Career Choice in Canadian Public Service: An Exploration of Fit with the Millennial Generation

By Ng, Eddy S. W.; Gossett, Charles W. | Public Personnel Management, September 2013 | Go to article overview

Career Choice in Canadian Public Service: An Exploration of Fit with the Millennial Generation


Ng, Eddy S. W., Gossett, Charles W., Public Personnel Management


Introduction

One of the most pressing and significant challenges facing Canada involves the labor force and its aging population (Burke & Ng, 2006). The baby boomer generation currently in the workforce is reaching retirement age and leaving the labor market in large numbers. The proportion of working age population (15 years and older) in relation to the total population is projected to fall over the next 20 years, from approximately 70% in 2006 to about 62% by 2031 (Statistics Canada, 2007). Canada's public service, much like its private sector counterpart, is facing the prospect of a massive shortage of knowledge and managerial workers (Templer & Armstrong-Stassen, 2005). To this end, the federal government has responded with an aggressive immigration policy aimed at providing skilled workers to the Canadian economy. The result is an increasingly diverse workforce in terms of race and ethnicity, requiring employer efforts to manage diversity (Benhamadi, 2003). Complementing this trend, young workers (Generation Y or Millennials) are also entering the workforce for the first time, bringing with them unique values and expectations that employers have not had experience hiring and managing. Given the tightening labor market and the demand for skills, it will be the Millennials who will be selecting which organizations they want to work for. Therefore, the challenge of attracting a new generation of workers into the public service is an important one. We draw on two strains of research in an effort to understand the challenges Canadian public sector employers may face in attracting the next generation of civil servants. First, we use Cable and Turban's (2001) employer knowledge framework to explore how the millennial generation, presently attending universities, make career choices and what they find attractive about the employer characteristics and job attributes in the public and private sectors. Given the stereotypes that persist among the Millennials, we also explore the extent to which a career choice in public service may fit with their work values, career goals, and work/life choices. Second, we turn to the literature on public service motivation, particularly the work by Perry and Wise (1990) and Vandenabeele (2008). Here we assess whether differences, if any, between students who indicate a preference for government employers rather than private sector employers are related to elements these authors have identified as characteristic of the "public service motivation" construct.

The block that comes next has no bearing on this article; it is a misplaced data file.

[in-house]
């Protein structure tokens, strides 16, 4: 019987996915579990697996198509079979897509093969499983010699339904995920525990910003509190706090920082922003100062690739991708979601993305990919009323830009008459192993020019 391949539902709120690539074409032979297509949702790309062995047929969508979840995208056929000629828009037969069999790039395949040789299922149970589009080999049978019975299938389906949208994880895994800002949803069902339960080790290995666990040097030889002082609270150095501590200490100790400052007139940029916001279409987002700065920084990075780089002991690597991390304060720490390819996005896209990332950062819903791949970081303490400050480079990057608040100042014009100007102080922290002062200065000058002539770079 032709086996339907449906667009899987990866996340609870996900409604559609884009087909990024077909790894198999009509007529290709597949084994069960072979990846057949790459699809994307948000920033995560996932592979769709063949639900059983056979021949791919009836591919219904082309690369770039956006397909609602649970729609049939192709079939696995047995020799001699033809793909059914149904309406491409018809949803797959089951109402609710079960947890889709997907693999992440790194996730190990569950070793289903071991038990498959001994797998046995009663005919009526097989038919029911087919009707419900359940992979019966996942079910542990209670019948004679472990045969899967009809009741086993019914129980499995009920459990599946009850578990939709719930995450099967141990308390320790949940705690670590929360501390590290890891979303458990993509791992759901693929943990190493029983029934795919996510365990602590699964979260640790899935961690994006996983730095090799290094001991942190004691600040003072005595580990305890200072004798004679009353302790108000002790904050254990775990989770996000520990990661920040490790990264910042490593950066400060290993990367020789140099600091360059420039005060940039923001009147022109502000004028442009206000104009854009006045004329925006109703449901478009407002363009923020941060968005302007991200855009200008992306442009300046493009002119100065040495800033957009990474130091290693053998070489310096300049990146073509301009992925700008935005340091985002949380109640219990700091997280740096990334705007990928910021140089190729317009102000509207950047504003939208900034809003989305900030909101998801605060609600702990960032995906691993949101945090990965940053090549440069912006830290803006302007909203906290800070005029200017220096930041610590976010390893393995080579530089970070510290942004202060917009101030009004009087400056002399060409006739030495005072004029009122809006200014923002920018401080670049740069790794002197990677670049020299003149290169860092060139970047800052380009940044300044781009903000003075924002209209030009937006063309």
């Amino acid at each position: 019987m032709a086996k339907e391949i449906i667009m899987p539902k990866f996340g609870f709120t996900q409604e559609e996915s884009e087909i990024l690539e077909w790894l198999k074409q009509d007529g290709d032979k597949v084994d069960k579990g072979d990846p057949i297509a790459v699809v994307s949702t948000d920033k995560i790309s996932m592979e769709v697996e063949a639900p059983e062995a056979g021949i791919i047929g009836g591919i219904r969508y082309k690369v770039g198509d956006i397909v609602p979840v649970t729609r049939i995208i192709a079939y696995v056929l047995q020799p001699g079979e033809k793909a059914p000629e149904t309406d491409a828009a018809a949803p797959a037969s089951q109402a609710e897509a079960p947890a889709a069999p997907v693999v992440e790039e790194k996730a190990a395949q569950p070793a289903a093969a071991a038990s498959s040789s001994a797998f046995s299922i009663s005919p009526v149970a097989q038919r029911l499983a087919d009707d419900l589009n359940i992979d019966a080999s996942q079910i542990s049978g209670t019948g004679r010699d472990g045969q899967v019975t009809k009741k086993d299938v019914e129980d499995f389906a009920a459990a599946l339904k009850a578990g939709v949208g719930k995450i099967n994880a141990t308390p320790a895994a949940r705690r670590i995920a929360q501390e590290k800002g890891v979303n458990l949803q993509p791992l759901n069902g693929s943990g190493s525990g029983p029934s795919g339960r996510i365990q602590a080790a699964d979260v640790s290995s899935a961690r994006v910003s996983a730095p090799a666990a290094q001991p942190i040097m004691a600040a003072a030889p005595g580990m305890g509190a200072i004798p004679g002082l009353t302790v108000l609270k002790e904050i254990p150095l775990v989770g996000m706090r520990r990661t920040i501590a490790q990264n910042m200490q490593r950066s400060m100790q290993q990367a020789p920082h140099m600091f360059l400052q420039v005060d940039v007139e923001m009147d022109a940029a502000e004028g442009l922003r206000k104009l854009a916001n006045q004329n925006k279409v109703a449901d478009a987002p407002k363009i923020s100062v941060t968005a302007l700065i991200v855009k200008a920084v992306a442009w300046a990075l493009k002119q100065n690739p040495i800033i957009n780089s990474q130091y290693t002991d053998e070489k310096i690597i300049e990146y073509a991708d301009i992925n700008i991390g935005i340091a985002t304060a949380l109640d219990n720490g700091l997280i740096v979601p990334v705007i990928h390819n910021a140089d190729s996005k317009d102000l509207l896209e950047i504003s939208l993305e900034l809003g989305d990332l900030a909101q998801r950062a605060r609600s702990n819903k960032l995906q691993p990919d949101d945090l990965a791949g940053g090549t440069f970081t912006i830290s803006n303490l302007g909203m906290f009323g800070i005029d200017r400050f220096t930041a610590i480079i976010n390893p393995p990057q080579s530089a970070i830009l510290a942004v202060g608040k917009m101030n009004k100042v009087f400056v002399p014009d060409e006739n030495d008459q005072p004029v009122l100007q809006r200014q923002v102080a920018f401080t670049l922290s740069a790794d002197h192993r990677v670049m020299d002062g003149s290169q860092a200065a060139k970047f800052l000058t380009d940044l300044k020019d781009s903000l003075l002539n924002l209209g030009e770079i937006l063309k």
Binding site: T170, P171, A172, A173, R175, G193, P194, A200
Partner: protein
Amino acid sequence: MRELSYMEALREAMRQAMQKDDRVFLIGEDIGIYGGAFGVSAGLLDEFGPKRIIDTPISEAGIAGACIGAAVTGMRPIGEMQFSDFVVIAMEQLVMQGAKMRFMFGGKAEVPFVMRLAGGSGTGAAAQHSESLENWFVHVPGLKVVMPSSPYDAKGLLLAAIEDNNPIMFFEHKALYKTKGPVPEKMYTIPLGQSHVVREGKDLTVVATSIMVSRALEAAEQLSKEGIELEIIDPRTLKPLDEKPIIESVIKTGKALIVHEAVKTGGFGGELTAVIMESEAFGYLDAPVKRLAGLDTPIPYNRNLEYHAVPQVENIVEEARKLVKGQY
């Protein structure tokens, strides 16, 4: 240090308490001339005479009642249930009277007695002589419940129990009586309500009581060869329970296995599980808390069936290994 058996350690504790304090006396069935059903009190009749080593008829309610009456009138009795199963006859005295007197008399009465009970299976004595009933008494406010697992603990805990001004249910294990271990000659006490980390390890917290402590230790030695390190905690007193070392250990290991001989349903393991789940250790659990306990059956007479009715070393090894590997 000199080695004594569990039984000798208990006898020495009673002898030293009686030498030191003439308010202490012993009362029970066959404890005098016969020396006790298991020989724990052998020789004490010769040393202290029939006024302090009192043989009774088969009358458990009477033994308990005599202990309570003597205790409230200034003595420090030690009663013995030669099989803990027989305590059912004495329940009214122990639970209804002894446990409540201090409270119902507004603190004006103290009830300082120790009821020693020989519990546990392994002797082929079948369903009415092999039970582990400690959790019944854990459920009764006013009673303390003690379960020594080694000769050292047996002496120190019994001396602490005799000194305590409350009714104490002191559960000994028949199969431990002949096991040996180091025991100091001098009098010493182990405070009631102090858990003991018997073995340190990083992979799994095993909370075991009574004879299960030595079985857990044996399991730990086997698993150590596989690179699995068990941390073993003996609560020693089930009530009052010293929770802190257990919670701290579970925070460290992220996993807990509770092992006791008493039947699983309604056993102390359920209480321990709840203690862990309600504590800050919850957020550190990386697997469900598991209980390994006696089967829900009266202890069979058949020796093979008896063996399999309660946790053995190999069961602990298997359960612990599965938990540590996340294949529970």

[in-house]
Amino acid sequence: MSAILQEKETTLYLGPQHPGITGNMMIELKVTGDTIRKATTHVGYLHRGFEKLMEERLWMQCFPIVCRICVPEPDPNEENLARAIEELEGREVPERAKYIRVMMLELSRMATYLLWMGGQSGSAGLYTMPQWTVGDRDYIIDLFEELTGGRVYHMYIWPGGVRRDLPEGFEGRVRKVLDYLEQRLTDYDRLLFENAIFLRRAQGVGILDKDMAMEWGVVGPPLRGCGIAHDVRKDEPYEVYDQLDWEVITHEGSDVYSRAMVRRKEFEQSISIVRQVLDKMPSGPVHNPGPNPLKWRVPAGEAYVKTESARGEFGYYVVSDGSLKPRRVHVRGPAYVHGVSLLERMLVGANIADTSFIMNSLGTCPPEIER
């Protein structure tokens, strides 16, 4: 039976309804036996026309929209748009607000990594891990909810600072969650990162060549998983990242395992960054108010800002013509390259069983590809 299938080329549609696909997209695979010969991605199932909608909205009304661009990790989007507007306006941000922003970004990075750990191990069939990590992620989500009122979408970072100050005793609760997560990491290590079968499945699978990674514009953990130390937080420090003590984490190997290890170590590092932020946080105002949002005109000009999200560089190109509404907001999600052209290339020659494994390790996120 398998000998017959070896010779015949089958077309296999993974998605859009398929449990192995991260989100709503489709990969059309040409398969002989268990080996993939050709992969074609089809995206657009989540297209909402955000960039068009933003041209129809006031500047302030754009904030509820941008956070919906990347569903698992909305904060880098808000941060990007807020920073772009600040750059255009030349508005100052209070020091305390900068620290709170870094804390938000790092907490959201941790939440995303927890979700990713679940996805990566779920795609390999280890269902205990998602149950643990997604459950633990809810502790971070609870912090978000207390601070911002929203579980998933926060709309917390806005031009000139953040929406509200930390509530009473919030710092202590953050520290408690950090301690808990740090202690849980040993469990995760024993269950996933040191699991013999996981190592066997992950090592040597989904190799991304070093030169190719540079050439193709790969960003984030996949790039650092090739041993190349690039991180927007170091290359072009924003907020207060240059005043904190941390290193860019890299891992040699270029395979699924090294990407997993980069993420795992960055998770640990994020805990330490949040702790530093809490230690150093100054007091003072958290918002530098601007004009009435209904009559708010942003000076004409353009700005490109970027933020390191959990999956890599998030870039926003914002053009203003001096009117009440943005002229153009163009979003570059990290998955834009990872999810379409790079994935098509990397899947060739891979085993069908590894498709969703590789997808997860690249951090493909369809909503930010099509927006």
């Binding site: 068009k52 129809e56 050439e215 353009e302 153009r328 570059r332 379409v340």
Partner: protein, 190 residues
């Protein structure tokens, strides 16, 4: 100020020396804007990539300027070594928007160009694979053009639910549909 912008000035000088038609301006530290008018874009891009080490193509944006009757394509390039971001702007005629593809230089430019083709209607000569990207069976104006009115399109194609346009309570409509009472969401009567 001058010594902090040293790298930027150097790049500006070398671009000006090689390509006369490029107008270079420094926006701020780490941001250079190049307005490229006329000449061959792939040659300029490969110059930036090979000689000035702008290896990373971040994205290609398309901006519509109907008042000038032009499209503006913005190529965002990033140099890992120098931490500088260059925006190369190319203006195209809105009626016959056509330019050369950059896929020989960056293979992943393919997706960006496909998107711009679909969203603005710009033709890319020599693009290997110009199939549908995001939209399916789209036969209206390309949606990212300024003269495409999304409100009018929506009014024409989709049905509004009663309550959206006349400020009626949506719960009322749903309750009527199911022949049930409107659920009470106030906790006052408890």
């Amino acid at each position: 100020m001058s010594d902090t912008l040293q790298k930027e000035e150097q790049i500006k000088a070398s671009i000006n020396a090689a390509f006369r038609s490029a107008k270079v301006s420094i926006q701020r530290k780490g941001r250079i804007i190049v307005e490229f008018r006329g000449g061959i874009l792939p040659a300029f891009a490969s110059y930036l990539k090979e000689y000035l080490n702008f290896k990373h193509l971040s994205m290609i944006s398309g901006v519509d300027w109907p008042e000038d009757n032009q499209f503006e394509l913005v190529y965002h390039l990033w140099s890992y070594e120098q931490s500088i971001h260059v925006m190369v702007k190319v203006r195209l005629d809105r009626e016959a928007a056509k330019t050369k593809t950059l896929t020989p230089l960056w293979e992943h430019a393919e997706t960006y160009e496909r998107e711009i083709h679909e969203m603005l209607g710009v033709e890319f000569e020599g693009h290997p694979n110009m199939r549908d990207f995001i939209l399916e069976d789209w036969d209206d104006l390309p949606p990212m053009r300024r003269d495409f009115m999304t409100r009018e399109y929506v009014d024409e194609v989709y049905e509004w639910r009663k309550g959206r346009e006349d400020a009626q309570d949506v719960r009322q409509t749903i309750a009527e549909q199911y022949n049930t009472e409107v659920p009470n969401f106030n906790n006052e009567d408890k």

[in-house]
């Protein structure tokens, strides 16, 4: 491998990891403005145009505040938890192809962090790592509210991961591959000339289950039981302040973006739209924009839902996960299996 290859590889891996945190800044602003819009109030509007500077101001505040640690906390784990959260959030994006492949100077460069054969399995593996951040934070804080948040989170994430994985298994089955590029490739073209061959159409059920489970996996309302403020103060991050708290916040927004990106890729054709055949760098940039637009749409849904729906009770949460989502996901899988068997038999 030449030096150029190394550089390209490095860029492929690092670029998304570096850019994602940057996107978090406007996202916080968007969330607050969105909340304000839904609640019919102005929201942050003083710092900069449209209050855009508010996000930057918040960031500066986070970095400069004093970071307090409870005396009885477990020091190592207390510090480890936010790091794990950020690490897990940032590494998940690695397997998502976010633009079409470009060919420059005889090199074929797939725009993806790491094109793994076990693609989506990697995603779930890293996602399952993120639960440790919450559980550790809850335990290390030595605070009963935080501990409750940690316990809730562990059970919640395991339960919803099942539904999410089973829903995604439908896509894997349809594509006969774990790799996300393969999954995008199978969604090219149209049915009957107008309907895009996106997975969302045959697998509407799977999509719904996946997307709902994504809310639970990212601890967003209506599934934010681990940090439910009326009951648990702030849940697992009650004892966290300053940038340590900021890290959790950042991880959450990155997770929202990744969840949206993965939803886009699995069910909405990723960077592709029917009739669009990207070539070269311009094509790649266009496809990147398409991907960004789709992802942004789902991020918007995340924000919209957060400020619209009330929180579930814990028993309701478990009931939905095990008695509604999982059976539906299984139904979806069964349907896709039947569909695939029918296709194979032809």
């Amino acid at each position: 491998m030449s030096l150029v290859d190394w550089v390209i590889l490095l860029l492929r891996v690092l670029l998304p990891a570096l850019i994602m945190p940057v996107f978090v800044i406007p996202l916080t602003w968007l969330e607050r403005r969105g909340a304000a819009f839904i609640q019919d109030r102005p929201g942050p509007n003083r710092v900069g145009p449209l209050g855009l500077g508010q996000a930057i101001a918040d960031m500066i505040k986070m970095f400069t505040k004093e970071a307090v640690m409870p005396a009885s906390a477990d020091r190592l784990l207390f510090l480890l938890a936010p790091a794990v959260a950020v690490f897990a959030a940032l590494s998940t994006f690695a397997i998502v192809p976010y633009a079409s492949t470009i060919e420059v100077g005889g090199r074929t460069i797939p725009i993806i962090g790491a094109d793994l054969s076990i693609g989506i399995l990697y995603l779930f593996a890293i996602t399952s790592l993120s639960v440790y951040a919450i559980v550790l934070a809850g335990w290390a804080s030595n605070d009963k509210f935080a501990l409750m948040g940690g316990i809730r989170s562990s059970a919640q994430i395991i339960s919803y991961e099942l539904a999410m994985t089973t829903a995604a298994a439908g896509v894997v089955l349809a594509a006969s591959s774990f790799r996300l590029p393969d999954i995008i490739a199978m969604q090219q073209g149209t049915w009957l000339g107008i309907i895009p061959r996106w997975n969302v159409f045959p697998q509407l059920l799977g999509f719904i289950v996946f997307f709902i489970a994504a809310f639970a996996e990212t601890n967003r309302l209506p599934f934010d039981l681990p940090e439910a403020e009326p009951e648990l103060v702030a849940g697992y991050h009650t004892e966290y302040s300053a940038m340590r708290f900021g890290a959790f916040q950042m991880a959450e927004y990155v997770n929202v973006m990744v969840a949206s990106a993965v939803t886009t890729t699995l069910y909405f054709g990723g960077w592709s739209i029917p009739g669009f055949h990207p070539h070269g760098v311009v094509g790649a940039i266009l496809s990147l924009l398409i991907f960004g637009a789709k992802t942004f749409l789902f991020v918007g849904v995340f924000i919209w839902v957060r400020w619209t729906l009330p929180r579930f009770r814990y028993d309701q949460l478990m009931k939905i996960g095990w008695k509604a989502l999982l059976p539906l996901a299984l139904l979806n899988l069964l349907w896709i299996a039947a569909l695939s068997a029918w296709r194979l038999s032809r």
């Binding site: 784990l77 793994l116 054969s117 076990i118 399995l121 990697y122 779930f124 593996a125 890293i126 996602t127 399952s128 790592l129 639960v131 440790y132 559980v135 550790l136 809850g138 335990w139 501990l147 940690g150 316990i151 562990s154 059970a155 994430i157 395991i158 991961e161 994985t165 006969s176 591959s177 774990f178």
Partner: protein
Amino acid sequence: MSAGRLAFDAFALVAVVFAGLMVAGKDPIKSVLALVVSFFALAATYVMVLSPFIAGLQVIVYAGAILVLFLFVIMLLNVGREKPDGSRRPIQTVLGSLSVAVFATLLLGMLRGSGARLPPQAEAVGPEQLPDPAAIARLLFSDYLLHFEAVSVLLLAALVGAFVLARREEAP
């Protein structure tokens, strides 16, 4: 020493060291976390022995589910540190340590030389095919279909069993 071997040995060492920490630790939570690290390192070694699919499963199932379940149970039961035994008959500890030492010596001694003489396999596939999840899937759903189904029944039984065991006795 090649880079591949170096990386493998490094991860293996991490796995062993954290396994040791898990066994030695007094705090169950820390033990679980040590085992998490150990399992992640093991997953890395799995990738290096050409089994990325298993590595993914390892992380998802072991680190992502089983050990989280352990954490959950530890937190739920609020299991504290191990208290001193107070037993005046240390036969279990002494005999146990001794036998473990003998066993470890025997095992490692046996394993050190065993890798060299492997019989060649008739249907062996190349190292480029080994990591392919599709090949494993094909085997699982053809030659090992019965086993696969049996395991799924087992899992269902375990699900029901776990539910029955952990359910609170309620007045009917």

Millennials

In 1996, David Foot used the term Baby Boom Echo to describe a cohort of children born between 1980 and 1995. These are the children of the boomers, and there are 6.9 million of them in Canada (Foot & Stoffman, 1998). This cohort has grown up in an era characterized by globalization, rapid technological advancement, and increasing diversity (Burke & Ng, 2006). They also exhibit values, traits, and behaviors that are very different from those of previous generations (Loughlin & Barling, 2001; Smola & Sutton, 2002). Given their characteristics and the events that define their lives, various authors have labeled them as Generation Y, Millennials, Nexters, and the Nexus Generation (Barnard, Cosgrove, & Welsh, 1998; Burke & Ng, 2006; Zemke, Raines, & Filipczak, 2000). In this study, we will use the term Millennials in keeping with popular press.

A review of the current literature on the Millennials indicates that they have been raised with increased self-esteem, narcissism, and a sense of entitlement (Twenge & Campbell, 2008; 200 I). Stuart and Lyons (2008) noted that Millennials "believe they possess the talent and the intellect to achieve their goals, and are acutely focused on their own success." Millennials feel empowered to do anything they want, and they have great expectations for fulfillment and meaning in their work (Twenge & Campbell, 2008). Millennials are also constantly looking for ways to lead more purposeful and interesting lives, and seek out intrinsic rather than extrinsic rewards. …

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